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Is there a standard word that means some one has rejected a phone call? I have been saying it this way:

She has rejected the call.

Is there a more appropriate word to use instead of rejected in the above sentence?

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3 Answers 3

up vote 4 down vote accepted

Was the rejection made after caller and recipient communicated directly with each other after initial connection has been completed?

(IMHO) I can see how this might be "She declined the call" if recipient proactively but politely informed the caller that she did not wish to participate on this occasion. "Suzie declined to participate in the survey."

"She refused the call" if the recipient informed the caller either directly or through a proxy that she would not continue. "Suzie told her assistant to refuse the call and charges."

"She rejected the call" feels like it may involve the recipient not communicating her wishes directly with the caller to cease communication. "Suzie programmed her iphone to reject my call."

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I would not say that there is any one word that is required here. A number of different words might suit your purpose, depending on the exact sense of what you mean to say.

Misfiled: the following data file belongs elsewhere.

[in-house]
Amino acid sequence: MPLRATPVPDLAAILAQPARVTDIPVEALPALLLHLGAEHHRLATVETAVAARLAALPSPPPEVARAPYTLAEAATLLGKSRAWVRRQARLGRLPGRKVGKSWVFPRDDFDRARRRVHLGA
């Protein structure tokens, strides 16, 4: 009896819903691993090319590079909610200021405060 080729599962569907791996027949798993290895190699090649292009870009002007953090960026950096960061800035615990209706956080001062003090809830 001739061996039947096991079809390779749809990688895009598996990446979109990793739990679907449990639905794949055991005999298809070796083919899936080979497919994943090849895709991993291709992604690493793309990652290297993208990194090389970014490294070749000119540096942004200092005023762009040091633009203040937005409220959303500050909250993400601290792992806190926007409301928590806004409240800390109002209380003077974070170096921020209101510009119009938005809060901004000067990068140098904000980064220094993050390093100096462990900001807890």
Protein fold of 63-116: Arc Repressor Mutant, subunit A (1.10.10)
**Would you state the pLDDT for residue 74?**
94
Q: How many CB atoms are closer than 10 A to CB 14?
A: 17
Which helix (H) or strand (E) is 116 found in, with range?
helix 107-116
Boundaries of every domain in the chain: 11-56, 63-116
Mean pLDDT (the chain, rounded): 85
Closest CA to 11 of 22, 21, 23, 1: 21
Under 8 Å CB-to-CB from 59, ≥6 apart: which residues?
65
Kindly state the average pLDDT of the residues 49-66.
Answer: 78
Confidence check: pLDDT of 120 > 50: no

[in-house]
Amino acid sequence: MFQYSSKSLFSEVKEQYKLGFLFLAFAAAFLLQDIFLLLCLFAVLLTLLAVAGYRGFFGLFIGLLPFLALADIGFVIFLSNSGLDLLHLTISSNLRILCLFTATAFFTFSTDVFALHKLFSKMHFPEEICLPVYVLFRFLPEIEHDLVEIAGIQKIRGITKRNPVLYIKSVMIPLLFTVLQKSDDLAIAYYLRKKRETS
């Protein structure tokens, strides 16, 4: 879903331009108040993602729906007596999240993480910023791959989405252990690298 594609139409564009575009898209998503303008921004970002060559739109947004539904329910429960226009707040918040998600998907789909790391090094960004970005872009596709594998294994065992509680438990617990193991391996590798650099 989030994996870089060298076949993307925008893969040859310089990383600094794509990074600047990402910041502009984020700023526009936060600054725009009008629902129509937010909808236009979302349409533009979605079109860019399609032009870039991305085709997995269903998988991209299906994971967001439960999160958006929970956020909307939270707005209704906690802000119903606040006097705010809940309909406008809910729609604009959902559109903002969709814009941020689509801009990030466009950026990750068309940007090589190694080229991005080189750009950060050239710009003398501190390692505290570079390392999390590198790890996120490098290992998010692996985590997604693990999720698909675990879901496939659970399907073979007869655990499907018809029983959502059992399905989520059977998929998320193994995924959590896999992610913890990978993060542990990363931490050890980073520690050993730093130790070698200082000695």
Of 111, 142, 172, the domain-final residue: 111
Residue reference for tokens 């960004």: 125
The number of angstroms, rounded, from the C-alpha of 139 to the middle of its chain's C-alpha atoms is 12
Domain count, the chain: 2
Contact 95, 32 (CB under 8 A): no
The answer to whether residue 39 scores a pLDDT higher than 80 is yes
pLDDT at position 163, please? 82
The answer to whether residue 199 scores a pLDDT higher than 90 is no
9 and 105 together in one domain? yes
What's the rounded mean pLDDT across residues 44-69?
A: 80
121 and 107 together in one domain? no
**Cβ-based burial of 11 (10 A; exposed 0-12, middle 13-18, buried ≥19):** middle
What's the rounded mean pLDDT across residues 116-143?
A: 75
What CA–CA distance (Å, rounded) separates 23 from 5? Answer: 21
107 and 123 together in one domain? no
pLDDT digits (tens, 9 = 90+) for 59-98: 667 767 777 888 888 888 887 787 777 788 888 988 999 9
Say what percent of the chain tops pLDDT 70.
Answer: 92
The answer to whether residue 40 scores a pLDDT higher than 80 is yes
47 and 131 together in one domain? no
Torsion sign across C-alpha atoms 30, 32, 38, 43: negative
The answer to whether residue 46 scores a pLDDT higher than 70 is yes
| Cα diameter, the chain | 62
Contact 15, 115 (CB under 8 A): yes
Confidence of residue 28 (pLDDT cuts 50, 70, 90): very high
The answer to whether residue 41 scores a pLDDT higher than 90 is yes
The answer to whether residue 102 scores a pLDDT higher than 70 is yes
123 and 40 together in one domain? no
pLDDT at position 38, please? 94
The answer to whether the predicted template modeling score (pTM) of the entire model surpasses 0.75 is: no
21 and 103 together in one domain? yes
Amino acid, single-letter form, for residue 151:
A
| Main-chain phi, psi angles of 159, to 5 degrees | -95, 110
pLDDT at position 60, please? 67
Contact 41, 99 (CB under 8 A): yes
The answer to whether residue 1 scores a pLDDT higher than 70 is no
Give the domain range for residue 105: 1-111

Reject can be used, although admittedly that may not be the most commonly used word here.

Perhaps the most commonly used word here would be refused the call (or refused to take the call).

To reiterate, there are options. One example would be this: Perhaps you wish to emphasize that she simply did not want to pay attention to the call at all. In that case, you might say she ignored the call.

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In my opinion if one wants to be polite it is better to avoid these two words altogether. Alternatives are:

  1. She is not taking any calls at the moment.

  2. she did not take my call.

Replacing refuse and reject with not taking calls makes it more neutral and polite - in my opinion.

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